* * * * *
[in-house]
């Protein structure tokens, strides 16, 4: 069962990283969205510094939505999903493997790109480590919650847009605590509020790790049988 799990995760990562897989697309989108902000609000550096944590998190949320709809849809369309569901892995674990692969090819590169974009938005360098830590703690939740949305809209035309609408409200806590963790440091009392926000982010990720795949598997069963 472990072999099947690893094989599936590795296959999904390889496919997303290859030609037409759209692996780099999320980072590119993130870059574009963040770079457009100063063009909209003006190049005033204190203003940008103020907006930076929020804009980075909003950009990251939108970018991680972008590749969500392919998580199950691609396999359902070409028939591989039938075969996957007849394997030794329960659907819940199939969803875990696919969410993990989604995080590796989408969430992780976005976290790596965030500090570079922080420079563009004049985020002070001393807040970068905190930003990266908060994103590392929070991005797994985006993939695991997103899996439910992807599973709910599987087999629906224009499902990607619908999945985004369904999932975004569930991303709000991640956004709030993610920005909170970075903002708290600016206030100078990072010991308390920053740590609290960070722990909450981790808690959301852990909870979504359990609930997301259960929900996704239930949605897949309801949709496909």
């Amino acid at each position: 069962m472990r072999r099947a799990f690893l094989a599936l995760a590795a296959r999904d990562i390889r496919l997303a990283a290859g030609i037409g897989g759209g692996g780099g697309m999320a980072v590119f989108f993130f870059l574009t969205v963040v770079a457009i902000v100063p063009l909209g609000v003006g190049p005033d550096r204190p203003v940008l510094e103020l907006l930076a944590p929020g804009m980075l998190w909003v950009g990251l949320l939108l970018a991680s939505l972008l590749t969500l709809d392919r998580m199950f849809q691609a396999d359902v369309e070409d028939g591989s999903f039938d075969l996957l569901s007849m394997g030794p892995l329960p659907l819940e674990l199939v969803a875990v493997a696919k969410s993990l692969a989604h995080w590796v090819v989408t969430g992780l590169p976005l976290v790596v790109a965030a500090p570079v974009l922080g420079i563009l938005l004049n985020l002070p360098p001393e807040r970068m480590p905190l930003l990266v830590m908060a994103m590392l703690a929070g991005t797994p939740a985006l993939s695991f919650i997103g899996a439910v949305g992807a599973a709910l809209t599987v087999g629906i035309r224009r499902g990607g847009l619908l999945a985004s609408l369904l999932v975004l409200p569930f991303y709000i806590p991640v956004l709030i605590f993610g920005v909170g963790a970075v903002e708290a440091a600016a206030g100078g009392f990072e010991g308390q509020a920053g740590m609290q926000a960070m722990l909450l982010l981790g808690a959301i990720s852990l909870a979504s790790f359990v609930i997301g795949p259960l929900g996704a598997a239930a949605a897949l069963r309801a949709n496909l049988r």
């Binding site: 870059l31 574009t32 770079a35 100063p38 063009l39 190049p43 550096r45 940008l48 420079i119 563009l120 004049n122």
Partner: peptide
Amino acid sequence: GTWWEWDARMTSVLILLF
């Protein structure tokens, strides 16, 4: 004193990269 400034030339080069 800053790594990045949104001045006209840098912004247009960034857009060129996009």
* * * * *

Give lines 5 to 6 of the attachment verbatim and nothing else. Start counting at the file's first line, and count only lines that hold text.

Partner: peptide
Amino acid sequence: GTWWEWDARMTSVLILLF